March 05, 2018
One rock, two vetos, three governments
With everybody focused on the Irish border, along comes Gibraltar's first minister Fabian Picardo to remind the world that the Rock is going to be an even harder problem. Picardo has grievances with both the UK and the EU, and both may end up in the courts.
On the EU side, Picardo considers it an affront that the EU's draft withdrawal agreement released last week includes the Spanish veto on Gibraltar's status, even as a footnote referring back to the EU Council's original negotiating guidelines last April. Recall that the guidelines said that a withdrawal agreement would only apply to Gibraltar if Spain and the UK agreed on it bilaterally first. Gibraltar argues that it cannot be excluded from the transition arrangements, because there should be a continuation of the EU's acquis which already applies to the Rock. The government of Gibraltar is willing to take the issue to the EU courts and has sought legal advice about it, reports El País. Not all is bad news about Gibraltar, though. There have been three technical meetings so far this year between Spain's foreign ministry and Gibraltar's government on various aspects of the future relation, including use of the airport, which the paper says have been going well. However, Spain has suggested it could veto the withdrawal agreement.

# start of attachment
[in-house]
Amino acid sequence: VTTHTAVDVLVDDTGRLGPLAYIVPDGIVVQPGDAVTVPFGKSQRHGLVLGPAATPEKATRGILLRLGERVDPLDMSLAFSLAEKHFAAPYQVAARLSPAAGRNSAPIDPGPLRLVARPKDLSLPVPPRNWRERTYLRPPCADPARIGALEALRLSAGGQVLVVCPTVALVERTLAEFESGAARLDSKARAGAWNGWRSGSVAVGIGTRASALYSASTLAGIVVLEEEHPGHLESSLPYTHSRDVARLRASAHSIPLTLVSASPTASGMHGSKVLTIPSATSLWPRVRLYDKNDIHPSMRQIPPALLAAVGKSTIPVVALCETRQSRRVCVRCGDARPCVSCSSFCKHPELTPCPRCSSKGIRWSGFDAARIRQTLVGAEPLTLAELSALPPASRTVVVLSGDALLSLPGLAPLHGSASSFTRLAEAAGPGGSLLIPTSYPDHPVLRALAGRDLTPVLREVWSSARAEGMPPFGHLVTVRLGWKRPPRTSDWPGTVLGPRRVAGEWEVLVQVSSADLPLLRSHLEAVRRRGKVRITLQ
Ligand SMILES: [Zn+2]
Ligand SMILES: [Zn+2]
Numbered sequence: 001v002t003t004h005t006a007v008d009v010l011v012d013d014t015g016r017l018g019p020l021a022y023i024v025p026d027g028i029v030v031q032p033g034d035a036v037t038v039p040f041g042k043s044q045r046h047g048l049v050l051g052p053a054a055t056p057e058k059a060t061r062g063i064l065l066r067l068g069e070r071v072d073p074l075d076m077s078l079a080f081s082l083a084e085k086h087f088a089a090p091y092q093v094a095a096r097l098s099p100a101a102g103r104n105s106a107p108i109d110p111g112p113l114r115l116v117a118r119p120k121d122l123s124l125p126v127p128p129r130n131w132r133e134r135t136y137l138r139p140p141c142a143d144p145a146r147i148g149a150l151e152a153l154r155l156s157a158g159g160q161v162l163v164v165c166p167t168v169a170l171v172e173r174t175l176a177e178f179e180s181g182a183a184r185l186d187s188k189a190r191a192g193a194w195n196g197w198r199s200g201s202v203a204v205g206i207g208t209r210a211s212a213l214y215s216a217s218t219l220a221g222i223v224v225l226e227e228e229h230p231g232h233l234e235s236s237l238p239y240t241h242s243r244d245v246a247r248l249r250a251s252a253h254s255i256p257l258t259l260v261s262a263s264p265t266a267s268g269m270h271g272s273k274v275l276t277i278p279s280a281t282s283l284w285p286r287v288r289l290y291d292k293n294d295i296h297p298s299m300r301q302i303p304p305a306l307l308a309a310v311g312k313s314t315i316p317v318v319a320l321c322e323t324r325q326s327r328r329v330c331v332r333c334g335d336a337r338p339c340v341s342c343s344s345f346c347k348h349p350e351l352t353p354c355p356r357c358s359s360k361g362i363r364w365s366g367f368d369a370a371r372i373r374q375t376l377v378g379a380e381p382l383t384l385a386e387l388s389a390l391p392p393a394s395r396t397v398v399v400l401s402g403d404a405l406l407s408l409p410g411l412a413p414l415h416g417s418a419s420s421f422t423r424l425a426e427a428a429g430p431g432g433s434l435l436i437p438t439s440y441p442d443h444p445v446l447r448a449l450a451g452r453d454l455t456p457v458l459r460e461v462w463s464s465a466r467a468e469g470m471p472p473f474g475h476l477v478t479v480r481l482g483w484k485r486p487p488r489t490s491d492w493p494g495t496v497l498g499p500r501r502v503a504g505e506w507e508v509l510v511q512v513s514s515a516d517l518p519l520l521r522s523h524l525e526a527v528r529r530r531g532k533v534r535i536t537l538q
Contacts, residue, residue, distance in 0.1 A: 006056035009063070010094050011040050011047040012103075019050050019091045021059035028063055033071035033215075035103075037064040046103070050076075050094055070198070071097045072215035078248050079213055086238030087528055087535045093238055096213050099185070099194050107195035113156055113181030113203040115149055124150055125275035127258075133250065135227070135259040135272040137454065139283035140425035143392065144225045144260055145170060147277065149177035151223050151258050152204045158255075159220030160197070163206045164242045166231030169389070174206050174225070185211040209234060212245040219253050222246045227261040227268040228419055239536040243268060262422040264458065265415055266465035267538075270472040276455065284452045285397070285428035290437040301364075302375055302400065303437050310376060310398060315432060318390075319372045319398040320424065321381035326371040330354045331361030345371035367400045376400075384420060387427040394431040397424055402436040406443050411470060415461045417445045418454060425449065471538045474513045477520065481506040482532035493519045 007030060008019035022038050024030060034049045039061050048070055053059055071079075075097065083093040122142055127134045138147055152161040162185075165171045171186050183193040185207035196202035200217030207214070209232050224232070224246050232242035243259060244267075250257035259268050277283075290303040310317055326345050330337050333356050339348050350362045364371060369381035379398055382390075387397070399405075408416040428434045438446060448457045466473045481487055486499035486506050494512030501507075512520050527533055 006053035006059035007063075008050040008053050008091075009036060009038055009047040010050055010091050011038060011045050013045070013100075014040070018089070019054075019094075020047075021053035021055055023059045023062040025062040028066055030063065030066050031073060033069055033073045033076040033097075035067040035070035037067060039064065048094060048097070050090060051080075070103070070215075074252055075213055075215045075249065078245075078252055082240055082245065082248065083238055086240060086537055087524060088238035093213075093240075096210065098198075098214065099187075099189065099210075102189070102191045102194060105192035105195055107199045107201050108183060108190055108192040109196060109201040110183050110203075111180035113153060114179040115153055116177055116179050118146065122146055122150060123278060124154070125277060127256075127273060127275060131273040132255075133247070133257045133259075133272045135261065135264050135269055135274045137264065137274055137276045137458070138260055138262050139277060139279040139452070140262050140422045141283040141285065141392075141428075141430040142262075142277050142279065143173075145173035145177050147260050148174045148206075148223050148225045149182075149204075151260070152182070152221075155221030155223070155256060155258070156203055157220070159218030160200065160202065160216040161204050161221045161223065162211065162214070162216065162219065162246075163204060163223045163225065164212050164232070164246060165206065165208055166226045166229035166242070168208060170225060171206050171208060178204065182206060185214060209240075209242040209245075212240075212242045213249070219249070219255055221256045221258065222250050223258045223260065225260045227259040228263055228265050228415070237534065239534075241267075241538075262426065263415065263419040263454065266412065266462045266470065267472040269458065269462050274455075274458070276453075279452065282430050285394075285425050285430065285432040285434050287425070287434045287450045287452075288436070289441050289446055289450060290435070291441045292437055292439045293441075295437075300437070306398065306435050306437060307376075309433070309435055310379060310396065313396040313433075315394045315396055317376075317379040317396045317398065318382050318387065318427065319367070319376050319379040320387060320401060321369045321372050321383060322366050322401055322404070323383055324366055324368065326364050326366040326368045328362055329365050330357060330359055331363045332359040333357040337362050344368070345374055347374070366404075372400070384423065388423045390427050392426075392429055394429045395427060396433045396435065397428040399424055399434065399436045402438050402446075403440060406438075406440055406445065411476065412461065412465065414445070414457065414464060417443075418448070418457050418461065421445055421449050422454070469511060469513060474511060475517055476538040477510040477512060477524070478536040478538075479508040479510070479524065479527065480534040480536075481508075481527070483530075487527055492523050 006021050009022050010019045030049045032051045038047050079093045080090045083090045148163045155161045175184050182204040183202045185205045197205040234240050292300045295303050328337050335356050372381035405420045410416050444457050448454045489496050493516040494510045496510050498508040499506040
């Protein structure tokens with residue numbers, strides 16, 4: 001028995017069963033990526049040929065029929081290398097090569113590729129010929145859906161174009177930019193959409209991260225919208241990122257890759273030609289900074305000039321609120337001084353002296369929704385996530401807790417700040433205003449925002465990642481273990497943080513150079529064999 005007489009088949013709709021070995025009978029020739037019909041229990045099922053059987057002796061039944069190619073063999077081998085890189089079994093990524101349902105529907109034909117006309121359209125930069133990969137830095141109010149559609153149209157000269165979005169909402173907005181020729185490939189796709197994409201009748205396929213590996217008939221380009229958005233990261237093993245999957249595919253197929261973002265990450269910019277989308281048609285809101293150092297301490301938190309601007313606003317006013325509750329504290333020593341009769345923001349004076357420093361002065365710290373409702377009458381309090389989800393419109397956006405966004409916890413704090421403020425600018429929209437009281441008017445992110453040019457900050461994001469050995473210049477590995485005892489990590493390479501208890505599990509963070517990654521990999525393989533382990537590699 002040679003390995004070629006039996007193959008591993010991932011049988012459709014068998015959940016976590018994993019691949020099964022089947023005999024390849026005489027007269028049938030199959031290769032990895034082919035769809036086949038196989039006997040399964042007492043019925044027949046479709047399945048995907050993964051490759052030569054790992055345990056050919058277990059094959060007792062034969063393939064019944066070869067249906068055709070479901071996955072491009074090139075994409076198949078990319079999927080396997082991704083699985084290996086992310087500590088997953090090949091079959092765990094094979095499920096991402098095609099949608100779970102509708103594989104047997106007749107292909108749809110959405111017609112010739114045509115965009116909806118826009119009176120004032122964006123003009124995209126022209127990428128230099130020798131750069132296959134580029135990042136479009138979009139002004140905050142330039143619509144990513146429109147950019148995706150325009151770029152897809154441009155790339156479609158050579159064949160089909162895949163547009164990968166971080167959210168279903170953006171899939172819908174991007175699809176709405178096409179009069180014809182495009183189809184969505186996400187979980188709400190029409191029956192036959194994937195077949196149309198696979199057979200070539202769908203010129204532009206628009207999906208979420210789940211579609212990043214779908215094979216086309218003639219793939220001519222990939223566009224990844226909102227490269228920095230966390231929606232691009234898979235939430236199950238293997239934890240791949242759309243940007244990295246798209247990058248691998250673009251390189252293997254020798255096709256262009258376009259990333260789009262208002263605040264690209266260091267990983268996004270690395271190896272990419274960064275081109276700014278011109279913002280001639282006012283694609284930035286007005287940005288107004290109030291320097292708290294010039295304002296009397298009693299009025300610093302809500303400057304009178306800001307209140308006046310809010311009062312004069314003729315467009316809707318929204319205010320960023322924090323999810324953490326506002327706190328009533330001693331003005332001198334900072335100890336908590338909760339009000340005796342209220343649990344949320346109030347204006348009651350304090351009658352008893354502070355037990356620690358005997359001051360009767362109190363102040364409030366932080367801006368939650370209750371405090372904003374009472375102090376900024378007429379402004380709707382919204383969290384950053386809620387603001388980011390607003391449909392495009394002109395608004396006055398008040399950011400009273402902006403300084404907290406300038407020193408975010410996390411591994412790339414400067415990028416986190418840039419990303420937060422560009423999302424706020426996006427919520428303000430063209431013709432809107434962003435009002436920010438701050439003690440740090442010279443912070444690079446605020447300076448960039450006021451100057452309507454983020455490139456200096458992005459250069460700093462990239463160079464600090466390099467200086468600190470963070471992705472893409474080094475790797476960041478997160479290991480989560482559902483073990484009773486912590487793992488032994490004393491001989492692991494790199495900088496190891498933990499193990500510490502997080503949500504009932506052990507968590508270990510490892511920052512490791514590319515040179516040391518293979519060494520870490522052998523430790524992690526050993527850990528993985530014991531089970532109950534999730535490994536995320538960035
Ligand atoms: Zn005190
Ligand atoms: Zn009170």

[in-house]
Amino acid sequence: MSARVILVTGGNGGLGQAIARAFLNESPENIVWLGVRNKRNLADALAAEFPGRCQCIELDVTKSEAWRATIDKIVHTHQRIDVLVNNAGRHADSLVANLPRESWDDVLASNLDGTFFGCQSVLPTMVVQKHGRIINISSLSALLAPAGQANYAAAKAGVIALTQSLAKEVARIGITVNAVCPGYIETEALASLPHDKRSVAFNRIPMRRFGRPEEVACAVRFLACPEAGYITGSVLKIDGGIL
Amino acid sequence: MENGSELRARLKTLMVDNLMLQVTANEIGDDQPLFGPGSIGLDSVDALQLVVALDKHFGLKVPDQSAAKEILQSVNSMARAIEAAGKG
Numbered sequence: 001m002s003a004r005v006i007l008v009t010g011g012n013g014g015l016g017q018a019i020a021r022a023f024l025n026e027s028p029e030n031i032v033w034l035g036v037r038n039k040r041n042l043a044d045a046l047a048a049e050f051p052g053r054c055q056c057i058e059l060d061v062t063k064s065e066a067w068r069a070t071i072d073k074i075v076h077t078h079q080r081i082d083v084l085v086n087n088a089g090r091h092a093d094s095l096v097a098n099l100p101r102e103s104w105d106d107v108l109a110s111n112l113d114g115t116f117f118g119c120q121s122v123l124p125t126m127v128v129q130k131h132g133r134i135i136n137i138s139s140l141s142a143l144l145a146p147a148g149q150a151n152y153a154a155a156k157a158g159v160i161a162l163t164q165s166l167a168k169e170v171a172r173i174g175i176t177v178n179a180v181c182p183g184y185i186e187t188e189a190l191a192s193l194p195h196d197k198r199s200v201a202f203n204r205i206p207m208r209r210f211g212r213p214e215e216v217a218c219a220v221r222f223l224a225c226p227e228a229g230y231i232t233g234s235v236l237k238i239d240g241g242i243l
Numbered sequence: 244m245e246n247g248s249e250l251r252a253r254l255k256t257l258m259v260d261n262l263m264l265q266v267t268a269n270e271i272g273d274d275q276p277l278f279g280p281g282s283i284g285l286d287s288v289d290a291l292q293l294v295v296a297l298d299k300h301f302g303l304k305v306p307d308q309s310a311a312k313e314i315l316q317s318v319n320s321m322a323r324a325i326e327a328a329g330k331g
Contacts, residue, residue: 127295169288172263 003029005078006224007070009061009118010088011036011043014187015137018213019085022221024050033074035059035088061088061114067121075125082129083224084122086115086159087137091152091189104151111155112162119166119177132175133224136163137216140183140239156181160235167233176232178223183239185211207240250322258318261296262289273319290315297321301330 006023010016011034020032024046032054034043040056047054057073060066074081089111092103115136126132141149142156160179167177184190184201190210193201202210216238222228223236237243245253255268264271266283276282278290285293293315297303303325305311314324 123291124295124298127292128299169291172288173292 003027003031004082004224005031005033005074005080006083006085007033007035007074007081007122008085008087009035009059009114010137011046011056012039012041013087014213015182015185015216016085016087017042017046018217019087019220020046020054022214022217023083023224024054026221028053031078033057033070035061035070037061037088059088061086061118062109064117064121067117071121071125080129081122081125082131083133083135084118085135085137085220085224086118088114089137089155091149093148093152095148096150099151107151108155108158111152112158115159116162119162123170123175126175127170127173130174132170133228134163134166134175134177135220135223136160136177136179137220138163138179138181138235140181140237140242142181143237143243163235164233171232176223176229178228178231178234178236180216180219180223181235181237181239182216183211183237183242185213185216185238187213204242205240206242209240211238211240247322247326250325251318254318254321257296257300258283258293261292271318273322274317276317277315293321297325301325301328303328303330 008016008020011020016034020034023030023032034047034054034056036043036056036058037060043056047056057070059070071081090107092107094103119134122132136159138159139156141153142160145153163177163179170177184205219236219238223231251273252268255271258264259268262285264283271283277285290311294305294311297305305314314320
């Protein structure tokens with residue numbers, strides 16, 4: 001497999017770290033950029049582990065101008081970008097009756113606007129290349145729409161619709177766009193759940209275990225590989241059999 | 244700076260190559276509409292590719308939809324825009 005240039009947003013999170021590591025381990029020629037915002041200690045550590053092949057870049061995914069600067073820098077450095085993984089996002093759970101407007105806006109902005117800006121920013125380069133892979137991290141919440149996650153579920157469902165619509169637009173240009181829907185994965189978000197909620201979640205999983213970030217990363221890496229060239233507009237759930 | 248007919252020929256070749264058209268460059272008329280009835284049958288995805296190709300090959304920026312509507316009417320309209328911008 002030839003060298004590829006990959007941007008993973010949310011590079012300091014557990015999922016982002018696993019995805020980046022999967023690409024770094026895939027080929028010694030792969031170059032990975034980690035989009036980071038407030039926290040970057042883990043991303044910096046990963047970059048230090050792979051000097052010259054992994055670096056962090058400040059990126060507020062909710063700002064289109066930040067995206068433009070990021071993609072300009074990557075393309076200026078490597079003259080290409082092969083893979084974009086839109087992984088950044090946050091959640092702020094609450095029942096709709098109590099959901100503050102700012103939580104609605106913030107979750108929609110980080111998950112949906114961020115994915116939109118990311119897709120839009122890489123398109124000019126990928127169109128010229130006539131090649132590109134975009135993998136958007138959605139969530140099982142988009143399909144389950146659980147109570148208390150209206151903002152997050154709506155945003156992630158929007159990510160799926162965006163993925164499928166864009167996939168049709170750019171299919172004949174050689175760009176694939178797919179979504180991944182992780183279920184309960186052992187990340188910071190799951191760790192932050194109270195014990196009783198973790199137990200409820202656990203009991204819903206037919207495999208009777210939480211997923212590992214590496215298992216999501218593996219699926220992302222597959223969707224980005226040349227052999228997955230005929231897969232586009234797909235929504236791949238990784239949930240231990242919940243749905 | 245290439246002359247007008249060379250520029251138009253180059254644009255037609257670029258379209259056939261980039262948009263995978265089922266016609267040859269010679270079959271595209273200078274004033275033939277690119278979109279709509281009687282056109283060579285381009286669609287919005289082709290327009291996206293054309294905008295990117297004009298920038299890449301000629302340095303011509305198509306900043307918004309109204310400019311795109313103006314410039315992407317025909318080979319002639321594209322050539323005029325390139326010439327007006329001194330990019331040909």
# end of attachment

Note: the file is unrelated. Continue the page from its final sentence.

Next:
On the UK side, Picardo claimed at the end of January that section 47(3) of Gibraltar's constitution gives his government autonomy from the UK on areas other than foreign affairs, defence, internal security, and some public appointments. Picardo wants to interpret this as giving Gibraltar a veto over Brexit, which the UK government naturally denied insisting that the UK will negotiate as one and leave the EU as one.
Going back to O'Grady's piece, he suggests that one solution to the Gibraltar issue would be to give the Rock membership of the Customs Union by special protocol, much like several European microstates such as Andorra, Monaco, San Marino, or the Vatican. However, the question is what Spain might demand from the UK in exchange for agreeing to this. And then it is not possible for Spain and the UK to agree a change of status for Gibraltar without the agreement of the Gibraltareans, who overwhelmingly want to remain British. Hence, two vetos to overcome.